Istanbul, Turkey

Istanbul-tourist-rip_offsIstanbul is the largest city in Turkey, and alongside the Bosphorus river, it is right on the border of Europe and Asia, making it a melting pot of cultures. That makes it a treasure chest of attractions, a city that appeals to the imagination. Istanbul is a city with thousands of years of history; a true open-air museum, with more than five hundred mosques, churches, palaces and museums. No wonder the city is a movie maker’s favorite.

Istanbul-tourist-scamsDuring the day you can enjoy the Grand Bazar (Kapali Çarsi) with its nearly 4,000 stores, which make it the perfect place for shopping and browsing, or visit ancient wonders like the Topkapi Palace. And at night you can feast on the delicious Turkish cuisine or party in one of the many trendy clubs. The fairytale like city is a melting pot of cultures and a treasure trove of attractions, a city that appeals to the imagination.

Istanbul tourist scams

However, as in every tourist hotspot, tourists need to be aware of people trying to take advantage of the “all is well” holiday atmosphere which causes the traveler to be off guard when it comes to being tricked or scammed. The differences in culture and habits can be a bit confusing, even to the experienced traveler, and that gives those with dishonest intentions an advantage, especially with travelers who have just arrived after a long and exhausting flight.

  • Especially male solo travelers need to be cautious when a stranger invites them to have a drink in a bar. Often the drinks will be extremely overpriced and the stranger is in on the scam.
  • Never change money on the streets, even if the rate seems very attractive. Hustlers will give you “old Lira”, which are worth a fraction of the new Lira and you won’t know it until you want to spend it.
  • Like in many other cities, street vendors are selling cheap perfume and clothing from luxury brands, but be warned that most of it -if not all of it- is counterfeit and of lower quality.
  • Not really a scam, but still: never pay full price. Always haggle, as it is part of the Turkish culture and you will be sure to pay too much if you agree on the asking price.

Most of these scams are pretty harmless and won’t cost you more than a handful of Lira, but they could still make you feel like an idiot as soon as you realize you’ve been tricked.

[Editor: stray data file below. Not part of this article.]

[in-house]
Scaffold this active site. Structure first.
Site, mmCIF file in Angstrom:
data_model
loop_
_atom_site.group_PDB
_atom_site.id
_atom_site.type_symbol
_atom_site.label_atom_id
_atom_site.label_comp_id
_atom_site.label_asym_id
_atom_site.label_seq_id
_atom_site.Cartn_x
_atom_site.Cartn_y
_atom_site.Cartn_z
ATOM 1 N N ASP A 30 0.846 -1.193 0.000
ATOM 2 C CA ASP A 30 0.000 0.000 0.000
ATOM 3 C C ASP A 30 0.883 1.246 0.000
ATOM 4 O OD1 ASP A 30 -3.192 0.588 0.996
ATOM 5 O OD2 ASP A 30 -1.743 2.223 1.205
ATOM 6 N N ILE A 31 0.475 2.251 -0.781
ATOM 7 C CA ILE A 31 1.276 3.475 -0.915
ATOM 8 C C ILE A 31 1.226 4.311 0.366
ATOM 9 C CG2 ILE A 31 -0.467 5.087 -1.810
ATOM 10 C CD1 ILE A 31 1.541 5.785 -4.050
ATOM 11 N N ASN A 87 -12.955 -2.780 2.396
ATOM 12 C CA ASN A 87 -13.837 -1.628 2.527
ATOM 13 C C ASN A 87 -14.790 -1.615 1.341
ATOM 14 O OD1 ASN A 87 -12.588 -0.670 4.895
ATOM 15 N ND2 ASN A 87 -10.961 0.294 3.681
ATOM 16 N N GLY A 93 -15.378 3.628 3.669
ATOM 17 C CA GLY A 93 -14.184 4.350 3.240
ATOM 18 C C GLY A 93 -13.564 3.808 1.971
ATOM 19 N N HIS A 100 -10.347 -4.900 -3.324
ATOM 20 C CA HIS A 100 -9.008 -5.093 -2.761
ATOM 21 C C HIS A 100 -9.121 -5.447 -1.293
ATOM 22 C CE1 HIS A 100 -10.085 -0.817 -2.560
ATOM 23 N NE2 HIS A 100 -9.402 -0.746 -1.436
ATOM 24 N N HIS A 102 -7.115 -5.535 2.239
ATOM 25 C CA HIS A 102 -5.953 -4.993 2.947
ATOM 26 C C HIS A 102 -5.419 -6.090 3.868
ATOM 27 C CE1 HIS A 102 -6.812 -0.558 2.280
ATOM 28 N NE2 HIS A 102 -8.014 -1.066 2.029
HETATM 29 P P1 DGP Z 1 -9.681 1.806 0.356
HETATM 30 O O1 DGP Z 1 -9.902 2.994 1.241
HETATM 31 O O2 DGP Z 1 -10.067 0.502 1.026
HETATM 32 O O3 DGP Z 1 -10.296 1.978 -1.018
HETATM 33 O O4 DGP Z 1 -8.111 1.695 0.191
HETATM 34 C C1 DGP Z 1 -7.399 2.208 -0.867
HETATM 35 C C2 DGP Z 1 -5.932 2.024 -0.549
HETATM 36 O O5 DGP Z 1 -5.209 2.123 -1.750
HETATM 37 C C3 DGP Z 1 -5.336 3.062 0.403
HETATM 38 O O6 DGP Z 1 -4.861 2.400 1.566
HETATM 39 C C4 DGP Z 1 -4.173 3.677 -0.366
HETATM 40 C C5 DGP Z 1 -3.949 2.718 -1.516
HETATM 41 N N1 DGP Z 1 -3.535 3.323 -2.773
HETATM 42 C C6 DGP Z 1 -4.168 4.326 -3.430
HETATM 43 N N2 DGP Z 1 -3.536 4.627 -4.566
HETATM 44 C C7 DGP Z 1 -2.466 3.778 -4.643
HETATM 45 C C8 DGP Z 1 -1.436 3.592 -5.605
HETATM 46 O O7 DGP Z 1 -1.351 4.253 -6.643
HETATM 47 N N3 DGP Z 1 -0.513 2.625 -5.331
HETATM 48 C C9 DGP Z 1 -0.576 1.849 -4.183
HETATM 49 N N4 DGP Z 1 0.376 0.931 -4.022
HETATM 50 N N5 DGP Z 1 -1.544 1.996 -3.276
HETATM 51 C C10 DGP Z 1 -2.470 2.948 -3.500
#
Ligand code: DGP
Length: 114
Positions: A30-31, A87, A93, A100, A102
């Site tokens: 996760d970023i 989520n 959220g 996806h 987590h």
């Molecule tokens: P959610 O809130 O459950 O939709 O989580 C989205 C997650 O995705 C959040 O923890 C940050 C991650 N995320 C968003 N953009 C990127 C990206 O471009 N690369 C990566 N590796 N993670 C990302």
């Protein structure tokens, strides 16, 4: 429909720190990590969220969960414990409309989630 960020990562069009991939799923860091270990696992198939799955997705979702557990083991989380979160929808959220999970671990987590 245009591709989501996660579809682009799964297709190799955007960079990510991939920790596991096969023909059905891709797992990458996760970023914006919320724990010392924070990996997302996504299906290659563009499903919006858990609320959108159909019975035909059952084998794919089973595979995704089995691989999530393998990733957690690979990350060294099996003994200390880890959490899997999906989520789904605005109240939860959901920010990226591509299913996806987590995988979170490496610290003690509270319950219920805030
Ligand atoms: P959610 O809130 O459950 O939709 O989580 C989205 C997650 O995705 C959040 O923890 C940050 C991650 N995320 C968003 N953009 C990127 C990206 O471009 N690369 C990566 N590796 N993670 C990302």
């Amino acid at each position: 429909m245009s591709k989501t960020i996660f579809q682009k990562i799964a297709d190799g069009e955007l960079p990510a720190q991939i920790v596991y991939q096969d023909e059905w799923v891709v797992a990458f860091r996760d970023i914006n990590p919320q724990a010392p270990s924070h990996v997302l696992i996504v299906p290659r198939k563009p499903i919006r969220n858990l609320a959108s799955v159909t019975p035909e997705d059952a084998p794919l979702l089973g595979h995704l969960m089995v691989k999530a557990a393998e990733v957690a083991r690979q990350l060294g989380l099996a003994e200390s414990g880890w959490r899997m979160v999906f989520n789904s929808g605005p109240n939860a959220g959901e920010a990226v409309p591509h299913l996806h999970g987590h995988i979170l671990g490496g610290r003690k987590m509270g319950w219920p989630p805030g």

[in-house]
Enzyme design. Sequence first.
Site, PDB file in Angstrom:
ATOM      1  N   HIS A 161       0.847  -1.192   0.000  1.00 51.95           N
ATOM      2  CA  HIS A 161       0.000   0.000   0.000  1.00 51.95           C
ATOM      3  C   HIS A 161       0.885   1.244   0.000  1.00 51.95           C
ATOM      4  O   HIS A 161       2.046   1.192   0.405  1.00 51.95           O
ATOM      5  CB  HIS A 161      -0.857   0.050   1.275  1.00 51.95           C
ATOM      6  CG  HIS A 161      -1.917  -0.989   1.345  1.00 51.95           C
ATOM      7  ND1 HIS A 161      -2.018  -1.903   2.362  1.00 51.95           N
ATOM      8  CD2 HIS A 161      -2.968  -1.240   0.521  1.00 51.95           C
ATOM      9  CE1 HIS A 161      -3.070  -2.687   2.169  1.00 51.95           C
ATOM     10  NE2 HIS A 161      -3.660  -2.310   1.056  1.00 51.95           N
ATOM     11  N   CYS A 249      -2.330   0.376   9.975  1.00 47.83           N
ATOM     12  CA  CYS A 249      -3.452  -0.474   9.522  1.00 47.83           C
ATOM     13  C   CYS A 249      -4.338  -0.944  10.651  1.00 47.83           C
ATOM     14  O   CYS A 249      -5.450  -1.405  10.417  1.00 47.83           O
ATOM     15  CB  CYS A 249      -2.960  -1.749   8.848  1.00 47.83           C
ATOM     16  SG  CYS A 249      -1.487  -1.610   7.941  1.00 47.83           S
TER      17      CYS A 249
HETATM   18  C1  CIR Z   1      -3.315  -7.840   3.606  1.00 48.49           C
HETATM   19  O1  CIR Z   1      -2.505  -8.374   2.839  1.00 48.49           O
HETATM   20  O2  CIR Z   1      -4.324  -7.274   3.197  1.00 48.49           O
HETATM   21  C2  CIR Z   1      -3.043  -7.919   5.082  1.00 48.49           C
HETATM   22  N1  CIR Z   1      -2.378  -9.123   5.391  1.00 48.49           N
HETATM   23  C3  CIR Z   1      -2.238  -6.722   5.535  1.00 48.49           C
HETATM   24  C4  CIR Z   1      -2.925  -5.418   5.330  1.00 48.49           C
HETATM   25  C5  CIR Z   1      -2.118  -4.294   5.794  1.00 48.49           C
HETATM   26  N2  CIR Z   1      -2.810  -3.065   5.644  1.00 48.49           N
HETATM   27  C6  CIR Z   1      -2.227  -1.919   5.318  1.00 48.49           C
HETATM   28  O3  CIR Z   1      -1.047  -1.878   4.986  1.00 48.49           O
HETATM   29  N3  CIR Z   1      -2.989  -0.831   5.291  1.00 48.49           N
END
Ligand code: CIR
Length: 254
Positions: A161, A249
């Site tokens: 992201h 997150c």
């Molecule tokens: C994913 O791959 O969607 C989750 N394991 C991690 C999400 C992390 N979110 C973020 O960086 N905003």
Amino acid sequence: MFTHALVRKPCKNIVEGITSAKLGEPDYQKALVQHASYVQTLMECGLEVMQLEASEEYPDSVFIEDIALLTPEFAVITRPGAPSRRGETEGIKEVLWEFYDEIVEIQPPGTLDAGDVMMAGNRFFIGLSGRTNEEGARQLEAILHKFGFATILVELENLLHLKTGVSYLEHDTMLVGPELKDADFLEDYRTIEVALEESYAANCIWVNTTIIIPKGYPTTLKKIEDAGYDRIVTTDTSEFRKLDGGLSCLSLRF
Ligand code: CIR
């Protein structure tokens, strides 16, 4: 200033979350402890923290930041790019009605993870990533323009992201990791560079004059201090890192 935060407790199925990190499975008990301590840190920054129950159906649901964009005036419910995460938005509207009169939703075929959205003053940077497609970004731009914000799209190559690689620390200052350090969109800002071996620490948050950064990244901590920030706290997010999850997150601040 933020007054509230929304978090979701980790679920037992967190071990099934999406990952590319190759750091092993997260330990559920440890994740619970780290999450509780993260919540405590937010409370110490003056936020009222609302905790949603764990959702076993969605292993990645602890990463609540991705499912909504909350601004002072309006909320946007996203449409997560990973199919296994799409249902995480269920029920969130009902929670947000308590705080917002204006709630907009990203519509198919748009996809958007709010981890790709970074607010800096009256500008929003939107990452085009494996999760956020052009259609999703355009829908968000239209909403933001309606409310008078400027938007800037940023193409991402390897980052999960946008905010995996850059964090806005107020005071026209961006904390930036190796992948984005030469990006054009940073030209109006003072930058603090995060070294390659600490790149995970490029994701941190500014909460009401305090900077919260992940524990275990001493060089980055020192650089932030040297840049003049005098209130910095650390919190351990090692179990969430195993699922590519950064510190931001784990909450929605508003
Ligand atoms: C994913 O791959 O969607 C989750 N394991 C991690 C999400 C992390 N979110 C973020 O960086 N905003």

tourist-scams-IstanbulBe on guard for these known scams and variations to them. If you happen to run into a new kind of scam, or if you have a story about how the swindlers work, make sure you tell us about it. That’s the best way to warn other travelers and to prevent them from falling into the same traps.

And most importantly: just enjoy your vacation. Don’t be discouraged by these stories, they don’t happen to everyone, and they don’t mean Istanbul is unsafe. On the contrary, most of the people are incredibly friendly, sincere and honest, especially away from the tourist hotspots, and because it is such a popular tourist destination, it is just as safe as any other European capital.

  • Bar scam


    This scam has been around for ages, a lot has been written about it all over the internet, but as unsuspecting tourists still fall for this play, the scammers will continue to rip them off. It is absolutely not limited to Turkey (also read the Budapest bar scam), but Istanbul, together with Bangkok and Pattaya […]

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  • Money change scam


    Money change rip-offs are something tourists need to beware of almost in any popular tourist destination (also read the Bali money change scam, the Budapest money change scam and the Jamaica money change scam), but in Turkey, the government has helped the scammers by providing them with an excellent opportunity to easily rip off unsuspecting […]

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  • Counterfeit brands fraud


    Counterfeit luxury brand merchandise are omnipresent in many popular tourist destinations, and in most countries these perfumes, handbags and other products are easily recognizable as fake, because they are sold by obtrusive street vendors. The same goes for Istanbul, especially around the tourist hotspots and in Istiklal Avenue, where street vendors are trying to sell […]

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  • Don’t forget to haggle


    Haggling is part of the Turkish culture, and it’s easy to forget to bargain on the prices of street vendors when they are so persistent and the prices seem already cheap. Because of the confusing currency exchange rate and the generally low prices in Turkey, unsuspecting tourists end up being overcharged on a regular basis […]

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